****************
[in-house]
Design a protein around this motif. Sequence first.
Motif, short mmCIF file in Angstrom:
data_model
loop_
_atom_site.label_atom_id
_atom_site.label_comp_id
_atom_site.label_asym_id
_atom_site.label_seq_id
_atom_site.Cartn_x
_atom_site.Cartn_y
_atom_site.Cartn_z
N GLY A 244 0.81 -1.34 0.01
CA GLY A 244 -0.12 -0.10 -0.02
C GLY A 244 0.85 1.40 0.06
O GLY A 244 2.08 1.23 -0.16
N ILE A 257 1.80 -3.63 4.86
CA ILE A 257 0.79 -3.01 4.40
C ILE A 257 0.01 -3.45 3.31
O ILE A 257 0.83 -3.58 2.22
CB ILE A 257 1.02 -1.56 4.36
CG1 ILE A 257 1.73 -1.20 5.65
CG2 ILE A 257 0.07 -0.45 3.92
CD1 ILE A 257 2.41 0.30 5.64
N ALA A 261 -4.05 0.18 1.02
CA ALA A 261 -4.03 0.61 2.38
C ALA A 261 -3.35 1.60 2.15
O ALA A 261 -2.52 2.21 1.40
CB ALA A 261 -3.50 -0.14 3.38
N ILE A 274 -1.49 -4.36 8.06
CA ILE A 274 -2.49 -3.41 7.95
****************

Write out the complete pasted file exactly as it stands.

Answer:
[in-house]
Design a protein around this motif. Sequence first.
Motif, short mmCIF file in Angstrom:
data_model
loop_
_atom_site.label_atom_id
_atom_site.label_comp_id
_atom_site.label_asym_id
_atom_site.label_seq_id
_atom_site.Cartn_x
_atom_site.Cartn_y
_atom_site.Cartn_z
N GLY A 244 0.81 -1.34 0.01
CA GLY A 244 -0.12 -0.10 -0.02
C GLY A 244 0.85 1.40 0.06
O GLY A 244 2.08 1.23 -0.16
N ILE A 257 1.80 -3.63 4.86
CA ILE A 257 0.79 -3.01 4.40
C ILE A 257 0.01 -3.45 3.31
O ILE A 257 0.83 -3.58 2.22
CB ILE A 257 1.02 -1.56 4.36
CG1 ILE A 257 1.73 -1.20 5.65
CG2 ILE A 257 0.07 -0.45 3.92
CD1 ILE A 257 2.41 0.30 5.64
N ALA A 261 -4.05 0.18 1.02
CA ALA A 261 -4.03 0.61 2.38
C ALA A 261 -3.35 1.60 2.15
O ALA A 261 -2.52 2.21 1.40
CB ALA A 261 -3.50 -0.14 3.38
N ILE A 274 -1.49 -4.36 8.06
CA ILE A 274 -2.49 -3.41 7.95